ethics of it all

Matthew Zaro Fisher, President Jerry D. Campbell, Dr. Manibhai Mehta, Dr. Nitin Shah, Sudhaben
Modi, Rajen Dhami, Dilip Shah and Brianne Donaldson at lamp lighting inauguration ceremony.
On August 24 & 25, Claremont Lincoln University was the host of “2012 Claremont Lincoln
International Jain Bioethics Conference”. The spiritual interaction of 25 scholars with students
and the members of the Jain community was a delightful learning experience for everyone involved.
Over 125 participants exchanged their views on Bioethical issues with Jain, Hindu, Buddhist, Sikh,
Christian, Jewish and Islamic perspectives. The two-day conference began with welcoming remarks
by President of the CLU, Dr. Jerry Campbell. Dr. Campbell stated that the philosophy of the
Claremont Lincoln University, the world’s first fully interreligious is to offer a seat to every religion
on an equal footing, so that we may all learn from each other and join together to wage Peace in the
world. Dr. Sulekh Jain of Houston, Chair of the JAINA’s Academic liaison committee and Chair of the
International School of Jain Studies made the opening remarks detailing the Jain collaboration with
Claremont Lincoln University. After the lamp lighting ceremony (flameless candles to minimize
himsa and candles that would stay lit for the entire conference), Pramodaben gave the benediction
(MANGLACHARAN) by a video message and Gurudev Shri Chitrabhanuji expressed his warm
wishes and hope that the International Jain Scholars conference will continue year after year.
The planning committee for the conference included range of sessions covering issues ranging from
conception and birth to death. The first was a general session where, Professor Cromwell Crawford
from University of Hawaii answered whether Religion can help understand Bioethics or not.
Establishing the significance of Religion and Spirituality into Bioethics and various decisions in Life
& Death set a stage and tone for this very first and unique conference. The next session talked about
“Procreation”. Many aspects of Bioethics including Birth, Artificial Insemination, Surrogate Mothers,
Abortion etc.,were discussed. Next discussion was about “Living with Non-Violence”. Then came
discussion about the “Future”. The role of Stem Cells and Gene Therapy were the main focus of
presentations and discussions. Finally, the most coveted, challenging, controversial and very
relevant topic in the present day and age “The End of Life” was discussed. In fact, the Los Angeles
Times carried an article on the Bioethics conference highlighting the same issue on Sunday, August
19th edition. The article created such a surge that conference registrations nearly doubled in the last
three days! Steve Lopez of LA Times wrote the article covering Dr. Nitin Shah’s personal experiences
and quoted him: “We as Americans refuse to accept death as an eventuality,” Shah said. “But we’re
all going to go, some sooner, some later.” Other speakers interviewed and quoted were Dr. Faisal
Qazi, Professor Crawford and Whitny Braun (an ISJS alumnus) . Each session had a Keynote speaker
and also a Responder.
There were five Keynote speakers at the conference. The First was Dr. Cromwell Crawford of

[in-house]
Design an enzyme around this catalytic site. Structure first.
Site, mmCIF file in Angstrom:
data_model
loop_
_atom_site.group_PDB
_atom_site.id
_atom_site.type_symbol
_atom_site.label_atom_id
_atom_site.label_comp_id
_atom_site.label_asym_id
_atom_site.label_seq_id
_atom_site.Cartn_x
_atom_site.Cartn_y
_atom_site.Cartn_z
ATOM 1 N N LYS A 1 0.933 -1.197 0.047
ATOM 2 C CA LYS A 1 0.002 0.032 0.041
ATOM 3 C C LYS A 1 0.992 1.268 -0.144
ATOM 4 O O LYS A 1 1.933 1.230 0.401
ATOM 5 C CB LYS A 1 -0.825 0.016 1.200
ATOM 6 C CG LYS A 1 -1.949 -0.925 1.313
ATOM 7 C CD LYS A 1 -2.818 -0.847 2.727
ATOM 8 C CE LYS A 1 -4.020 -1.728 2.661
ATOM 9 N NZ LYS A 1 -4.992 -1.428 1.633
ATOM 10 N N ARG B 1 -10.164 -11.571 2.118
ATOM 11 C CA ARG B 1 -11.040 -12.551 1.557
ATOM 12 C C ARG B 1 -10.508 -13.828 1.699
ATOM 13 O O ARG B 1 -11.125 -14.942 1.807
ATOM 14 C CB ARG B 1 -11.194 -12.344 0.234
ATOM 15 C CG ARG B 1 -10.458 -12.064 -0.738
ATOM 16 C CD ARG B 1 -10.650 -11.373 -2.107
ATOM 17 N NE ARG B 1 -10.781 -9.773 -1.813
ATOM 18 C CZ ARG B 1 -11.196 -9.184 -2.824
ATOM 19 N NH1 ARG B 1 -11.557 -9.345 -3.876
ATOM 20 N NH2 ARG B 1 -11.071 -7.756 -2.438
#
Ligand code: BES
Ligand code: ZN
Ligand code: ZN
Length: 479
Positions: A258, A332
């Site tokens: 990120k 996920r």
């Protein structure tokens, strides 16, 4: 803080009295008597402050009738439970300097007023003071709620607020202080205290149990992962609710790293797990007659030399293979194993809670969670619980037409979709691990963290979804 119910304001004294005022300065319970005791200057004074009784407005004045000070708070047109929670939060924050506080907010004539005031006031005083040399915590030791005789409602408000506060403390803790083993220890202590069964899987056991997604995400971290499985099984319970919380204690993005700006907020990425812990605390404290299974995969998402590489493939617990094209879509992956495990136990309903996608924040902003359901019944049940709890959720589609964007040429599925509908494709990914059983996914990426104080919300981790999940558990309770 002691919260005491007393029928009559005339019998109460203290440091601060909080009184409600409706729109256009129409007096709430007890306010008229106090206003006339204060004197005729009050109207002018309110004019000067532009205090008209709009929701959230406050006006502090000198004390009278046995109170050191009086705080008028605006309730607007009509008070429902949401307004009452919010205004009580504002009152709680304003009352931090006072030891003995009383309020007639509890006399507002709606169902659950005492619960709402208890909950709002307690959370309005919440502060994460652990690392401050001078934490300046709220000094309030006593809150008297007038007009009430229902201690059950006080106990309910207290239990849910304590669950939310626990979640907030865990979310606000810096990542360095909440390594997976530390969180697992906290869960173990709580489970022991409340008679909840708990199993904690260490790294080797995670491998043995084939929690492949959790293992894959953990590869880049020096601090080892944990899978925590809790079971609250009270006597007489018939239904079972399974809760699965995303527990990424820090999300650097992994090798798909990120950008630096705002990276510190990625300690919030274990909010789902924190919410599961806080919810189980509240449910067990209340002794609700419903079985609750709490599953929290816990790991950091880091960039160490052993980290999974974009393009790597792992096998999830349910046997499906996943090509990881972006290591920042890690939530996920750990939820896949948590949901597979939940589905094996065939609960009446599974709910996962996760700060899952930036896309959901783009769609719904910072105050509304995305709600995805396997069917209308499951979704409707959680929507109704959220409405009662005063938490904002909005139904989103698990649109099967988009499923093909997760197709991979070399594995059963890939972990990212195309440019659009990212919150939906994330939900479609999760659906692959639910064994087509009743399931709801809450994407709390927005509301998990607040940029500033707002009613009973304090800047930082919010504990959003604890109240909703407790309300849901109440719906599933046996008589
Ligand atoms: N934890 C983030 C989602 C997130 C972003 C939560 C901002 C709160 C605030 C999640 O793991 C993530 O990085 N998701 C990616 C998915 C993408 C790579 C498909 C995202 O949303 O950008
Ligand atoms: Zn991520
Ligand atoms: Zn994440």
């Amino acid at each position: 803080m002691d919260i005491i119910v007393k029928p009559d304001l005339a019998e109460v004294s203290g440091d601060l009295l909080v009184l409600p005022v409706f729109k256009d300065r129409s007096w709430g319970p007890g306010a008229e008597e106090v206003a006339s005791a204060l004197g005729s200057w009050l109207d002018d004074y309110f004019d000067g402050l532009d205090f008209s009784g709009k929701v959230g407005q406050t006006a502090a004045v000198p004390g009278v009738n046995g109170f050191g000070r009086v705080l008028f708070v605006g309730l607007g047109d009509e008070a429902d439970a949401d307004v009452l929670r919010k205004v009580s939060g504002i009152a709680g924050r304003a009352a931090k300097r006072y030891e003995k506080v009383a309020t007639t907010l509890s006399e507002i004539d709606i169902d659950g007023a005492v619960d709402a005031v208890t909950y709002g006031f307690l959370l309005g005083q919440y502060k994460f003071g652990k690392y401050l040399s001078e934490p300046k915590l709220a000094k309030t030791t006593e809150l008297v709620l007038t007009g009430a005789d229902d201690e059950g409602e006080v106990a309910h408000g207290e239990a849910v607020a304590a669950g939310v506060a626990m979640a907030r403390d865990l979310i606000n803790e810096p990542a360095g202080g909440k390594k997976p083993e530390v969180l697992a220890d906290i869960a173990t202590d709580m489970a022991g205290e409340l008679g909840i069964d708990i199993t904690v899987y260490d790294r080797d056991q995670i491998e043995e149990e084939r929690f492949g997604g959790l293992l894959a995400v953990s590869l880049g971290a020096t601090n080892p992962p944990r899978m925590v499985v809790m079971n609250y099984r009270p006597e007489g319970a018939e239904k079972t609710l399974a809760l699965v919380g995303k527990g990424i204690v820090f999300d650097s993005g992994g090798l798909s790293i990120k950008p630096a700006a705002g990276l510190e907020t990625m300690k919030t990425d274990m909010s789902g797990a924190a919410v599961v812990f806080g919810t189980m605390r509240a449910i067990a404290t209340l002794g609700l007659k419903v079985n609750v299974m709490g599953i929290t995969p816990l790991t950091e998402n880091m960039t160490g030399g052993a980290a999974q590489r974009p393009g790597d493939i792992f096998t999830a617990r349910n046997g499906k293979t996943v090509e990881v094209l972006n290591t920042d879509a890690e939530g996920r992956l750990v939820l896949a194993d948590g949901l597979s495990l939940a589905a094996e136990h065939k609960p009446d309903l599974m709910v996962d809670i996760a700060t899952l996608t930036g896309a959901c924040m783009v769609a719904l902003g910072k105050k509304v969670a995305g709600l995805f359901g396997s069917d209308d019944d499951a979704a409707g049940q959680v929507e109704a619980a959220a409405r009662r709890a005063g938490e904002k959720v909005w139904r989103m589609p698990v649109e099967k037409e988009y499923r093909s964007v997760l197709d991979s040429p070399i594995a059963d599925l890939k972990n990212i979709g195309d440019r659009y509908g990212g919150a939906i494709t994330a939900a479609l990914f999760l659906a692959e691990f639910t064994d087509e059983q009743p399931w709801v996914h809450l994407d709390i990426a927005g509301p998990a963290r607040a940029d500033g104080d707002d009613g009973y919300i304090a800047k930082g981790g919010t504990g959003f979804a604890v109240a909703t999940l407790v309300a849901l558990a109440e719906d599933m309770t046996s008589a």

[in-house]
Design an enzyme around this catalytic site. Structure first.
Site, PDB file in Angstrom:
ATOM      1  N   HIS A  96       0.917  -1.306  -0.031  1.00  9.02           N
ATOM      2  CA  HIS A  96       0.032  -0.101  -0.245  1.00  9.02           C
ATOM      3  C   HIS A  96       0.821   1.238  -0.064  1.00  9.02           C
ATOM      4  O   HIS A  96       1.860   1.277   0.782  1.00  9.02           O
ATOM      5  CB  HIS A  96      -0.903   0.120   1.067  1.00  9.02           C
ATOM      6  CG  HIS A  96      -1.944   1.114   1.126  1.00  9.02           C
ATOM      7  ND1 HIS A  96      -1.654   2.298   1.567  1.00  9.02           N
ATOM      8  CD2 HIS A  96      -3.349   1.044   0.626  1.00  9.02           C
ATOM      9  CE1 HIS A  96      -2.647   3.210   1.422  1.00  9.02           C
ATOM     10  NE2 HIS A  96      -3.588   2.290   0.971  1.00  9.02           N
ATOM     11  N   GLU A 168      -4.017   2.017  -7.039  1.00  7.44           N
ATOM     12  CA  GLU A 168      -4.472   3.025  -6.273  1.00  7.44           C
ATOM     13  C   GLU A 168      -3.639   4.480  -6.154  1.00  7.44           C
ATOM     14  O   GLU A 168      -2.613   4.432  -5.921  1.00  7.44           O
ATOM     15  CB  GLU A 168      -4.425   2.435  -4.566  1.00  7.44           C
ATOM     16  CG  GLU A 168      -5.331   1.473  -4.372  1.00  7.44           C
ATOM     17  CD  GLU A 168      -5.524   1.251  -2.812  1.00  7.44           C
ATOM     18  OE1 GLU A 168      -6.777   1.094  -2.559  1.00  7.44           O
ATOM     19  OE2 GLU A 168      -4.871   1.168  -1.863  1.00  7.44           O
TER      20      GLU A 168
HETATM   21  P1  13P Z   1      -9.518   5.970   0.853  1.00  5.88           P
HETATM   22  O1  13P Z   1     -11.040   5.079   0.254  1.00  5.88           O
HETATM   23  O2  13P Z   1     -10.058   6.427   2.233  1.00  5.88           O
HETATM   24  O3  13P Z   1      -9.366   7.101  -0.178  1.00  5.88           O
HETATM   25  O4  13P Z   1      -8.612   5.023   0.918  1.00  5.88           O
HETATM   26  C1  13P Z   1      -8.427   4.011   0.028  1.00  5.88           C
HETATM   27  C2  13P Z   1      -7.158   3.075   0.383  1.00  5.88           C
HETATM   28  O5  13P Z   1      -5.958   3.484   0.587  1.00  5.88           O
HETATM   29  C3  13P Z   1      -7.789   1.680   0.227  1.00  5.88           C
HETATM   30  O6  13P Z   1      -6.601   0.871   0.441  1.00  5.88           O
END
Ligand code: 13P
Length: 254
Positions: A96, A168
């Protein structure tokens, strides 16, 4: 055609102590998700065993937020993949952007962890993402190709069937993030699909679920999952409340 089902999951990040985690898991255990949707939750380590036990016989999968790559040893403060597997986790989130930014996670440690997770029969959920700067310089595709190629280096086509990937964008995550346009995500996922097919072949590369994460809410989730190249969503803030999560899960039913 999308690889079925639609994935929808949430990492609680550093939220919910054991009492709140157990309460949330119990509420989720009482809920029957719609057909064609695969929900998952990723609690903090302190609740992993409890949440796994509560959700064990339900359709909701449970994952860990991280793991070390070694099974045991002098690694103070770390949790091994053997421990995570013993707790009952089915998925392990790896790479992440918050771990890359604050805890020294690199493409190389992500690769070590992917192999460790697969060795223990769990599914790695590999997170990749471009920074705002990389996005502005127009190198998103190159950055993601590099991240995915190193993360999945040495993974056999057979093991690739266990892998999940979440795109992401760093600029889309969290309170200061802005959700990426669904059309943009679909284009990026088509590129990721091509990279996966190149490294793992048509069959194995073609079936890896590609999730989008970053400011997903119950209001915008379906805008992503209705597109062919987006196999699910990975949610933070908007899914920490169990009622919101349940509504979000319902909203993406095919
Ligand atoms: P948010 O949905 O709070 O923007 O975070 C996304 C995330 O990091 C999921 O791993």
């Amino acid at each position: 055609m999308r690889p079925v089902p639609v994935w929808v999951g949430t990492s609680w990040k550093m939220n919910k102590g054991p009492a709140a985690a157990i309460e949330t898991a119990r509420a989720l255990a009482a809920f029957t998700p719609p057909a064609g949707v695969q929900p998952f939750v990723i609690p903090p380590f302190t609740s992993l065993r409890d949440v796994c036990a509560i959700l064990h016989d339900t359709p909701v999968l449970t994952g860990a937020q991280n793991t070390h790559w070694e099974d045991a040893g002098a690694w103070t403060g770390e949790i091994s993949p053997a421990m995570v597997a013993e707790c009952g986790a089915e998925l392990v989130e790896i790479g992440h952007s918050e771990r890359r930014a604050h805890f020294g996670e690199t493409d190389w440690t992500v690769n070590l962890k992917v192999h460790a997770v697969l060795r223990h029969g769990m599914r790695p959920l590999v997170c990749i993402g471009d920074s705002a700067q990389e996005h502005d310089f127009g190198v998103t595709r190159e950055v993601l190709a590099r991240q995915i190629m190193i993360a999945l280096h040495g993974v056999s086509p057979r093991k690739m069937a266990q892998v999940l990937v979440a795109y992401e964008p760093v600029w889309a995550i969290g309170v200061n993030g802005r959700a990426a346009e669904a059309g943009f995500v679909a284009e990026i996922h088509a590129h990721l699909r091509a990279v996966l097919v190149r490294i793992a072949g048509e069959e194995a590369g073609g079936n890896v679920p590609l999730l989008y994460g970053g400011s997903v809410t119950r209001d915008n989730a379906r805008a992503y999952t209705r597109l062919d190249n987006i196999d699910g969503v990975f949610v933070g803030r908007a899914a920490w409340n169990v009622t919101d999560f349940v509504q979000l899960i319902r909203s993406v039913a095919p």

University of Hawaii. India born Cromwell is a much-loved friend of the Jain community in North
America and chair of the Academic Council of International School of Jain Studies. In his speech, Dr.
Crawford argued that indeed, religion has a lot to contribute to the discussion on Bioethics. The next
keynote speaker was Dr. James Hughes of Trinity College, Connecticut. he spoke on “Procreation”:
“How Do We Care For future People?” with an emphasis on Jain and Buddhist ideas on reproductive
ethics. Dr. Dilip K. Bobra of Phoenix, Arizona, gave a keynote speech “Living With Non- Violence”. Dr.
Brian Cummings of University of California, Irvine, gave a keynote speech about “ The Future”
highlighting Stem Cell Research – what is the Science and what is the Hype?
Three speakers presented views on Sallekhna – Jain thinking on imminent death due to disease, old
age or when one is unable to function self-sufficiently - and tradition of progressive withdrawal that
leads to peaceful death. Dr. Christopher Chapple of Loyola Marymount University who had
witnessed in 1989 an octogenarian Jain sadhwi’s last hours of her Sallekhna - explained why it
should not be called “Death by Starvation”. Samni Dr. Chaitanya Pragya, a keynote speaker on “End
of Life” drew a distinction between Euthanasia and Sallekhna. Whitny Braun, a doctoral student at
Claremont Graduate University, discussed the various legal issues on Sallekhna in India and in the
Two presentations were made via Skype. The first one was from Ahmedabad by Dr. Surendra Singh
Pokharna (Former Scientist with Indian Space Research Organization). He spoke about how
General System Theory and Jain Philosophy could provide new ways of looking at the field of
Bioethics. The other was by Dr. Shugan Jain of New Delhi, Director of ISJS, who discussed available
Jain literature on medical sciences, metaphysical considerations, Karma doctrine and basis of
ethical-spiritual practice for leading a happy life as well as for its end. Dr. Subhash Jain of the
University of Iowa discussed Karma theory and bioethics. He proposed a criterion for ethical
conduct – a non-violent deed producing less karmic load to measure bioethical issues. On the issues
of vivisection Dr. Gary Francione of Rutgers University spoke forcefully against all animal
experimentation and Dr. Brian Cummings of University of California, Irvine, spoke of stem cell
research – what is the science and what is the hype? Dr. Varsha Bhatt Mehta of University of
Michigan spoke of the ethical dilemmas of medical personnel in neonatal practice.
Brianne Donaldson, completing her doctoral dissertation on metaphysical approaches to animal
liberation from the perspective of Process Philosophy, at Claremont Lincoln, was probably the most
emotional speaker of the conference. She warned about how many Jains speak of Jainism as a
“scientific religion”. It is imperative that Jains not rush too hastily into a collapse with modern
techno-science and its limited claims to judge the value of life based on cost and benefit. Dr. Predrag